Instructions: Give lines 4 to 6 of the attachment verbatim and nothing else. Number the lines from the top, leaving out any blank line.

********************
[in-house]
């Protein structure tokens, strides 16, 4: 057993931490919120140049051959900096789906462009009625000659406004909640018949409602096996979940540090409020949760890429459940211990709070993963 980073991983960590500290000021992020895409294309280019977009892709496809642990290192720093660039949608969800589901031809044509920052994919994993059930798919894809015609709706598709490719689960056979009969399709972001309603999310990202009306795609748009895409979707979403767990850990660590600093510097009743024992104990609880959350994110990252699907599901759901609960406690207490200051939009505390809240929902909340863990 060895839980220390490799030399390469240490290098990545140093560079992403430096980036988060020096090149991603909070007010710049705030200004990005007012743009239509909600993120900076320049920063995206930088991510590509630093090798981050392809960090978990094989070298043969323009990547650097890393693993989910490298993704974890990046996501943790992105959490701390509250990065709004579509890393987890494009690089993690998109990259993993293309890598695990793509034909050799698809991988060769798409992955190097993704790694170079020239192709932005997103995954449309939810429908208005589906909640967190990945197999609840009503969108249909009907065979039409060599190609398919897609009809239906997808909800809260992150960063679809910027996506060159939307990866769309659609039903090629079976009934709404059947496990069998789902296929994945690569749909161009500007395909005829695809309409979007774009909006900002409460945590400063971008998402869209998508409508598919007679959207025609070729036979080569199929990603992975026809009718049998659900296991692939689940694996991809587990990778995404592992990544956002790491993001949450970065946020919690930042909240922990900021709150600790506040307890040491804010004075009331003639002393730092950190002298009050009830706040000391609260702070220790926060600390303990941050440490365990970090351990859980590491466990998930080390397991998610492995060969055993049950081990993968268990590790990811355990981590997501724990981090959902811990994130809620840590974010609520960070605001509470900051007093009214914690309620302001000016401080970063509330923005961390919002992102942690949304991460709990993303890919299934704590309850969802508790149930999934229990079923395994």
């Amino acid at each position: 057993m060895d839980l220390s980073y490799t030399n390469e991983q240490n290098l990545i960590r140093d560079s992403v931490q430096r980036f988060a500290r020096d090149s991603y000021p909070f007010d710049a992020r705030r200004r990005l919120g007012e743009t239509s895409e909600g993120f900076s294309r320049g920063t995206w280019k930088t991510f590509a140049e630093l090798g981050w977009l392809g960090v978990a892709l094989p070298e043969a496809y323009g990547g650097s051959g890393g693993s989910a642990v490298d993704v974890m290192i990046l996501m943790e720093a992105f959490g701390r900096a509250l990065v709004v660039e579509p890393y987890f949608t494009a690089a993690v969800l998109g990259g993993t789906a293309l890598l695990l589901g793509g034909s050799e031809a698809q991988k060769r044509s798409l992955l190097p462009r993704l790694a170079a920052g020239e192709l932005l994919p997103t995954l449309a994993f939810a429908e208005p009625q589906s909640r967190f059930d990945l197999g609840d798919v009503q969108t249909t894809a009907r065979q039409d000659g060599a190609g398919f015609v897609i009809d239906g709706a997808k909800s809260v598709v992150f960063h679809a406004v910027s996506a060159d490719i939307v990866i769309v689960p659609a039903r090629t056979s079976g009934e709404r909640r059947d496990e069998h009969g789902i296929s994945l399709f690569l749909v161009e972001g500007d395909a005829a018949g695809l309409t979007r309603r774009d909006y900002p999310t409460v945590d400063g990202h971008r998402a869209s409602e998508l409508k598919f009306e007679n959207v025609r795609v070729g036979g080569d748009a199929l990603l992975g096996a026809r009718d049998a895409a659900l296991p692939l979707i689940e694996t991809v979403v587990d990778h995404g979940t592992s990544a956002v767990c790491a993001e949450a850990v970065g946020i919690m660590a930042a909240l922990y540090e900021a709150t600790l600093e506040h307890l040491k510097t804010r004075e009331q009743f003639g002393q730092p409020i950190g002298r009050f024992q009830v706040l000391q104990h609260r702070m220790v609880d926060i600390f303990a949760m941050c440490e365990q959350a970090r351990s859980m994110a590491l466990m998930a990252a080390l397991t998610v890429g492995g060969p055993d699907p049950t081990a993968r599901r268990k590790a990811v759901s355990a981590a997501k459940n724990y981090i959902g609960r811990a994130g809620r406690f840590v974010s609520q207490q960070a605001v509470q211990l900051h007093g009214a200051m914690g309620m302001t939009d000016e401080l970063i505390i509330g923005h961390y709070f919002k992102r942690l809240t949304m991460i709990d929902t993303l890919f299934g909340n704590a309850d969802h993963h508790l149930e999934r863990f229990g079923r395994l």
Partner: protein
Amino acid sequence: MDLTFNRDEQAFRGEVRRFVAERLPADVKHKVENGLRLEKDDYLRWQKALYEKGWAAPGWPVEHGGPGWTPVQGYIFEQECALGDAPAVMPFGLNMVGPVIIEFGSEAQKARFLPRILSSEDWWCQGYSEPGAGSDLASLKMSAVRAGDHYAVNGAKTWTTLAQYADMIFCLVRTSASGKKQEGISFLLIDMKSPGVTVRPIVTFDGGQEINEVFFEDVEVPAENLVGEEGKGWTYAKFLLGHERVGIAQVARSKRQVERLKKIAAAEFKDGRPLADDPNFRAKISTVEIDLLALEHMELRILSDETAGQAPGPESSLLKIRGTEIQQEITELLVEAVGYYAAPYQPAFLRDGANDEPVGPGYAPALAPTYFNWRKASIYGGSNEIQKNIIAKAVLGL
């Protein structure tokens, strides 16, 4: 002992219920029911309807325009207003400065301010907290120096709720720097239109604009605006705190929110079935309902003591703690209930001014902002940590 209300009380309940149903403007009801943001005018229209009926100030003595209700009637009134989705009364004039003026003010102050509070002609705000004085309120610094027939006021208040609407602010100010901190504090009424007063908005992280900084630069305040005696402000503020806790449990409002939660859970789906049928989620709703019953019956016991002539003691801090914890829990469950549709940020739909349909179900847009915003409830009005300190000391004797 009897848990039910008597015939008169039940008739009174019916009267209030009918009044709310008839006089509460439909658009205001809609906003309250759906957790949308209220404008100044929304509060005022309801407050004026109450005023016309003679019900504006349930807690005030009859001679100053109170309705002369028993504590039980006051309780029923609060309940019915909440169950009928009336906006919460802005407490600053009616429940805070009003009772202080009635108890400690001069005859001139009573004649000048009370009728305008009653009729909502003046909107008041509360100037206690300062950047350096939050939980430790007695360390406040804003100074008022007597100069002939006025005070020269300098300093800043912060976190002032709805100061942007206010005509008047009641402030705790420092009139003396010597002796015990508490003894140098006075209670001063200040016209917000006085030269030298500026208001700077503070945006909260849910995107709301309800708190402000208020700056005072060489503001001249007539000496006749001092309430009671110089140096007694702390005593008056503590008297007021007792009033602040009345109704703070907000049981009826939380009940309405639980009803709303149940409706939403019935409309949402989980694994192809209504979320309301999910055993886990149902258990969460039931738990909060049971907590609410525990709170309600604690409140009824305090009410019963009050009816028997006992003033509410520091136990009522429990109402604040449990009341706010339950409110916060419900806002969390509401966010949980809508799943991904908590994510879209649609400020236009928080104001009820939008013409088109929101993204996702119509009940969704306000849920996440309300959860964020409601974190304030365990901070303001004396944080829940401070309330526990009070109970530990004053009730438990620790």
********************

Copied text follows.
Partner: protein
Amino acid sequence: MDLTFNRDEQAFRGEVRRFVAERLPADVKHKVENGLRLEKDDYLRWQKALYEKGWAAPGWPVEHGGPGWTPVQGYIFEQECALGDAPAVMPFGLNMVGPVIIEFGSEAQKARFLPRILSSEDWWCQGYSEPGAGSDLASLKMSAVRAGDHYAVNGAKTWTTLAQYADMIFCLVRTSASGKKQEGISFLLIDMKSPGVTVRPIVTFDGGQEINEVFFEDVEVPAENLVGEEGKGWTYAKFLLGHERVGIAQVARSKRQVERLKKIAAAEFKDGRPLADDPNFRAKISTVEIDLLALEHMELRILSDETAGQAPGPESSLLKIRGTEIQQEITELLVEAVGYYAAPYQPAFLRDGANDEPVGPGYAPALAPTYFNWRKASIYGGSNEIQKNIIAKAVLGL
């Protein structure tokens, strides 16, 4: 002992219920029911309807325009207003400065301010907290120096709720720097239109604009605006705190929110079935309902003591703690209930001014902002940590 209300009380309940149903403007009801943001005018229209009926100030003595209700009637009134989705009364004039003026003010102050509070002609705000004085309120610094027939006021208040609407602010100010901190504090009424007063908005992280900084630069305040005696402000503020806790449990409002939660859970789906049928989620709703019953019956016991002539003691801090914890829990469950549709940020739909349909179900847009915003409830009005300190000391004797 009897848990039910008597015939008169039940008739009174019916009267209030009918009044709310008839006089509460439909658009205001809609906003309250759906957790949308209220404008100044929304509060005022309801407050004026109450005023016309003679019900504006349930807690005030009859001679100053109170309705002369028993504590039980006051309780029923609060309940019915909440169950009928009336906006919460802005407490600053009616429940805070009003009772202080009635108890400690001069005859001139009573004649000048009370009728305008009653009729909502003046909107008041509360100037206690300062950047350096939050939980430790007695360390406040804003100074008022007597100069002939006025005070020269300098300093800043912060976190002032709805100061942007206010005509008047009641402030705790420092009139003396010597002796015990508490003894140098006075209670001063200040016209917000006085030269030298500026208001700077503070945006909260849910995107709301309800708190402000208020700056005072060489503001001249007539000496006749001092309430009671110089140096007694702390005593008056503590008297007021007792009033602040009345109704703070907000049981009826939380009940309405639980009803709303149940409706939403019935409309949402989980694994192809209504979320309301999910055993886990149902258990969460039931738990909060049971907590609410525990709170309600604690409140009824305090009410019963009050009816028997006992003033509410520091136990009522429990109402604040449990009341706010339950409110916060419900806002969390509401966010949980809508799943991904908590994510879209649609400020236009928080104001009820939008013409088109929101993204996702119509009940969704306000849920996440309300959860964020409601974190304030365990901070303001004396944080829940401070309330526990009070109970530990004053009730438990620790």